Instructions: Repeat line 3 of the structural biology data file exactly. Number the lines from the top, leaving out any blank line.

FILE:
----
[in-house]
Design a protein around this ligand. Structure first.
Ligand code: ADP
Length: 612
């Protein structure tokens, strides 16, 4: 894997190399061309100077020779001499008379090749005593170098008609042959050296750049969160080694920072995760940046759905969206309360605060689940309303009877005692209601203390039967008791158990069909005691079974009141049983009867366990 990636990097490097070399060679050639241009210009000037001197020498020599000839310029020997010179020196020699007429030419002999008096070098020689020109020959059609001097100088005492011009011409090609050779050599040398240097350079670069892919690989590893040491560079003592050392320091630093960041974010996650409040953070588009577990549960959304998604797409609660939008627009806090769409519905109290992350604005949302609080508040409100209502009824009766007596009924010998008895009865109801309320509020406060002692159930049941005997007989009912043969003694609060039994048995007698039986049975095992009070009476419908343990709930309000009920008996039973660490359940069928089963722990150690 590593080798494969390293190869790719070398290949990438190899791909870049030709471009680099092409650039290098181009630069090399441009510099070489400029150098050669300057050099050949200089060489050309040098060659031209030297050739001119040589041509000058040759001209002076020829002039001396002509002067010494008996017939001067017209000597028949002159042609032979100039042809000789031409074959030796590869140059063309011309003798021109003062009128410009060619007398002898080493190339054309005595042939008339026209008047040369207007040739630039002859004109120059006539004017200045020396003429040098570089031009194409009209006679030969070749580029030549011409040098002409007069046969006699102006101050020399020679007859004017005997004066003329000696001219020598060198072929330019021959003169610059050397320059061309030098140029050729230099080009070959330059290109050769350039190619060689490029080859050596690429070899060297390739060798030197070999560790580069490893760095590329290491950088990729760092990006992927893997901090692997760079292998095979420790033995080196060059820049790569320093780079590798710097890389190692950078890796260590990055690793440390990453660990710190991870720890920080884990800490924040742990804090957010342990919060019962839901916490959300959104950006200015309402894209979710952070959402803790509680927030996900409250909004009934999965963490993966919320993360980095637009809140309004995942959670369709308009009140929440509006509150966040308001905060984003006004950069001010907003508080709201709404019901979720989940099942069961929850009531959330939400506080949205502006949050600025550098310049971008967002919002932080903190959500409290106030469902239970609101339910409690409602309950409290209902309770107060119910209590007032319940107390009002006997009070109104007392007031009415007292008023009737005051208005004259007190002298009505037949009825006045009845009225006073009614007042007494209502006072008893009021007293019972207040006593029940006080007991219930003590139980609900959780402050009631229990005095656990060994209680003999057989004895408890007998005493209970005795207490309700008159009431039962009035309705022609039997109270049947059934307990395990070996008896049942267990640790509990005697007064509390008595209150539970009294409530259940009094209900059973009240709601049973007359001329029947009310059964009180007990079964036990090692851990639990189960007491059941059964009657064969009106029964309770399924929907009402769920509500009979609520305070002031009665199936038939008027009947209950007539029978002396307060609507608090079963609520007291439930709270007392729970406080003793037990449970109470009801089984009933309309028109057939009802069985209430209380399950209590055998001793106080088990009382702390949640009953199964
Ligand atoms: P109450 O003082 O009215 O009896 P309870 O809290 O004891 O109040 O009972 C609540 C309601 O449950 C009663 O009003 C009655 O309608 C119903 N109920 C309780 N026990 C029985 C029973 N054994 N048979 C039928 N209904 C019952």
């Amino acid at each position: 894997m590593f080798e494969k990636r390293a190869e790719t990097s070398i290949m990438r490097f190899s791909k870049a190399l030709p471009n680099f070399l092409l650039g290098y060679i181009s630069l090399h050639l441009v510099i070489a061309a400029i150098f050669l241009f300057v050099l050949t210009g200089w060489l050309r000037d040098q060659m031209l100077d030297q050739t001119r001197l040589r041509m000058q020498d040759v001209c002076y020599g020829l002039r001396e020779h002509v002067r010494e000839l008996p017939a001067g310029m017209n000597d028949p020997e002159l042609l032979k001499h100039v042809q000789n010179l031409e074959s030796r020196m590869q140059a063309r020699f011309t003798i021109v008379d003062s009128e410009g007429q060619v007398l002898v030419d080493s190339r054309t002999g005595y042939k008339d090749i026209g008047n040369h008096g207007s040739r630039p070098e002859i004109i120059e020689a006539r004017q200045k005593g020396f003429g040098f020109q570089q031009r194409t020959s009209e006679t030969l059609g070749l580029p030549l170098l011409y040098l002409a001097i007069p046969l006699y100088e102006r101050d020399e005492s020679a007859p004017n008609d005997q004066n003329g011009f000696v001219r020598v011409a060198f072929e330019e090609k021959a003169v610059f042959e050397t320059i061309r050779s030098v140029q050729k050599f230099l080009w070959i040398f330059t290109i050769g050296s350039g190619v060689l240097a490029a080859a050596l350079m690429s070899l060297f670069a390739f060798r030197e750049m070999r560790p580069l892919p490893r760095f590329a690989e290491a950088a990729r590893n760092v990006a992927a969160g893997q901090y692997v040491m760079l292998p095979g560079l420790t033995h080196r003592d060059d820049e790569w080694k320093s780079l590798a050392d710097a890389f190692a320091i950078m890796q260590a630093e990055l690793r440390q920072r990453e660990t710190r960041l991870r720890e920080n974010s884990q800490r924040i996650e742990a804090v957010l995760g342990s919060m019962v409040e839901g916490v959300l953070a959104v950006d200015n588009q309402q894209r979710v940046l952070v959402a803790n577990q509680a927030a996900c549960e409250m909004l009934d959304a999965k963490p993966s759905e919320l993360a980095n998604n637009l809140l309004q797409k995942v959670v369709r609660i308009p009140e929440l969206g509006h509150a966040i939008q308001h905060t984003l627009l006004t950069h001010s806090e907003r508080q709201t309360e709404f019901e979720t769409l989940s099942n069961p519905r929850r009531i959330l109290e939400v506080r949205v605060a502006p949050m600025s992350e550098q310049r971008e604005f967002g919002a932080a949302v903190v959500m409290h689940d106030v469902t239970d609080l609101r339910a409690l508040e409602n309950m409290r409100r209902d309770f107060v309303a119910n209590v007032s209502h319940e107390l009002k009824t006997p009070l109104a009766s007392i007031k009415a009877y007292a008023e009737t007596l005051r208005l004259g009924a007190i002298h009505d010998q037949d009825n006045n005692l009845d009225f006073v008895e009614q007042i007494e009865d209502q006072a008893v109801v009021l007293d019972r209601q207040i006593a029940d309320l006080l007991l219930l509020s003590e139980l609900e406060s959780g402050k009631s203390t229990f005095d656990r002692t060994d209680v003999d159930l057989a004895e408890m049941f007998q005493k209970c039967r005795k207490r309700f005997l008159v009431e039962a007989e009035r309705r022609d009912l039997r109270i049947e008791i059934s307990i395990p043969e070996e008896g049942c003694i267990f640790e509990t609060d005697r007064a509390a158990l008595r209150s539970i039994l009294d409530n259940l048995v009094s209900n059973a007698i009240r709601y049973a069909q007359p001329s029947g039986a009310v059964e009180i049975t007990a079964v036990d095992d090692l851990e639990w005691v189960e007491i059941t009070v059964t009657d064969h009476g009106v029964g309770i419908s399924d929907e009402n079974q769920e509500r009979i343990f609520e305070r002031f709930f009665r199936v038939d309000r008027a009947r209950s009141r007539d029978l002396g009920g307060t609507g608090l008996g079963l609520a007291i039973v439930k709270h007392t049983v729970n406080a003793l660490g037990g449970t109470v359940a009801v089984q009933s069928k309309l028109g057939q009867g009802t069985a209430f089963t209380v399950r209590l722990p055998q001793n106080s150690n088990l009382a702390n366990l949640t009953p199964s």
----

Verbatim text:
Ligand code: ADP